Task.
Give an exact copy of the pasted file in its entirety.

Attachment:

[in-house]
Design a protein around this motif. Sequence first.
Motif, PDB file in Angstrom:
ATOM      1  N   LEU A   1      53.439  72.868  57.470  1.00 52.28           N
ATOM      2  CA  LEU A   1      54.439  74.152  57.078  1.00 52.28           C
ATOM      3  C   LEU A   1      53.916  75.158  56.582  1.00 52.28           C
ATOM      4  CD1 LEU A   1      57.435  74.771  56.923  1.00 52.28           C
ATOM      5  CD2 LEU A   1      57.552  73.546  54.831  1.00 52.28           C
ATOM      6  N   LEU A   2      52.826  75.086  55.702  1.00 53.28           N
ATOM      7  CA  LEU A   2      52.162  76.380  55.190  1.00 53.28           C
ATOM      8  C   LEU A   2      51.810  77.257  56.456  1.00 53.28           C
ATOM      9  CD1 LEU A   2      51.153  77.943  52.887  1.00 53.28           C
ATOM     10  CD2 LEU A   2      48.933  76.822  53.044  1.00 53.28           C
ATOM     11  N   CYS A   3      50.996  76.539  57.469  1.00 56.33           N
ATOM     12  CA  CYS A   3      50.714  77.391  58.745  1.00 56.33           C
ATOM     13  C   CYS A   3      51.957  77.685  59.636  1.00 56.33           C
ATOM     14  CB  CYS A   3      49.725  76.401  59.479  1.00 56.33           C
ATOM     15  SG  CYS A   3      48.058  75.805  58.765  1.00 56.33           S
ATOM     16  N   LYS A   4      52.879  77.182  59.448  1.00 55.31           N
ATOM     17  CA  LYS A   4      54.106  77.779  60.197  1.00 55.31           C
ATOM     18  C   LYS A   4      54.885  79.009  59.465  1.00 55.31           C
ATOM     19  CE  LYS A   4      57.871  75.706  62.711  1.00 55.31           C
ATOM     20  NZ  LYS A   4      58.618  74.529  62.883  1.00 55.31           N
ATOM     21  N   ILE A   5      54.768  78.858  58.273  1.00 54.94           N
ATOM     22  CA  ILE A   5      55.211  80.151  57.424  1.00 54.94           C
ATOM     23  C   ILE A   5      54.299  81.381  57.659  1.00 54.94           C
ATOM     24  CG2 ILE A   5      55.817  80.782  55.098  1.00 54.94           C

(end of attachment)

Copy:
[in-house]
Design a protein around this motif. Sequence first.
Motif, PDB file in Angstrom:
ATOM      1  N   LEU A   1      53.439  72.868  57.470  1.00 52.28           N
ATOM      2  CA  LEU A   1      54.439  74.152  57.078  1.00 52.28           C
ATOM      3  C   LEU A   1      53.916  75.158  56.582  1.00 52.28           C
ATOM      4  CD1 LEU A   1      57.435  74.771  56.923  1.00 52.28           C
ATOM      5  CD2 LEU A   1      57.552  73.546  54.831  1.00 52.28           C
ATOM      6  N   LEU A   2      52.826  75.086  55.702  1.00 53.28           N
ATOM      7  CA  LEU A   2      52.162  76.380  55.190  1.00 53.28           C
ATOM      8  C   LEU A   2      51.810  77.257  56.456  1.00 53.28           C
ATOM      9  CD1 LEU A   2      51.153  77.943  52.887  1.00 53.28           C
ATOM     10  CD2 LEU A   2      48.933  76.822  53.044  1.00 53.28           C
ATOM     11  N   CYS A   3      50.996  76.539  57.469  1.00 56.33           N
ATOM     12  CA  CYS A   3      50.714  77.391  58.745  1.00 56.33           C
ATOM     13  C   CYS A   3      51.957  77.685  59.636  1.00 56.33           C
ATOM     14  CB  CYS A   3      49.725  76.401  59.479  1.00 56.33           C
ATOM     15  SG  CYS A   3      48.058  75.805  58.765  1.00 56.33           S
ATOM     16  N   LYS A   4      52.879  77.182  59.448  1.00 55.31           N
ATOM     17  CA  LYS A   4      54.106  77.779  60.197  1.00 55.31           C
ATOM     18  C   LYS A   4      54.885  79.009  59.465  1.00 55.31           C
ATOM     19  CE  LYS A   4      57.871  75.706  62.711  1.00 55.31           C
ATOM     20  NZ  LYS A   4      58.618  74.529  62.883  1.00 55.31           N
ATOM     21  N   ILE A   5      54.768  78.858  58.273  1.00 54.94           N
ATOM     22  CA  ILE A   5      55.211  80.151  57.424  1.00 54.94           C
ATOM     23  C   ILE A   5      54.299  81.381  57.659  1.00 54.94           C
ATOM     24  CG2 ILE A   5      55.817  80.782  55.098  1.00 54.94           C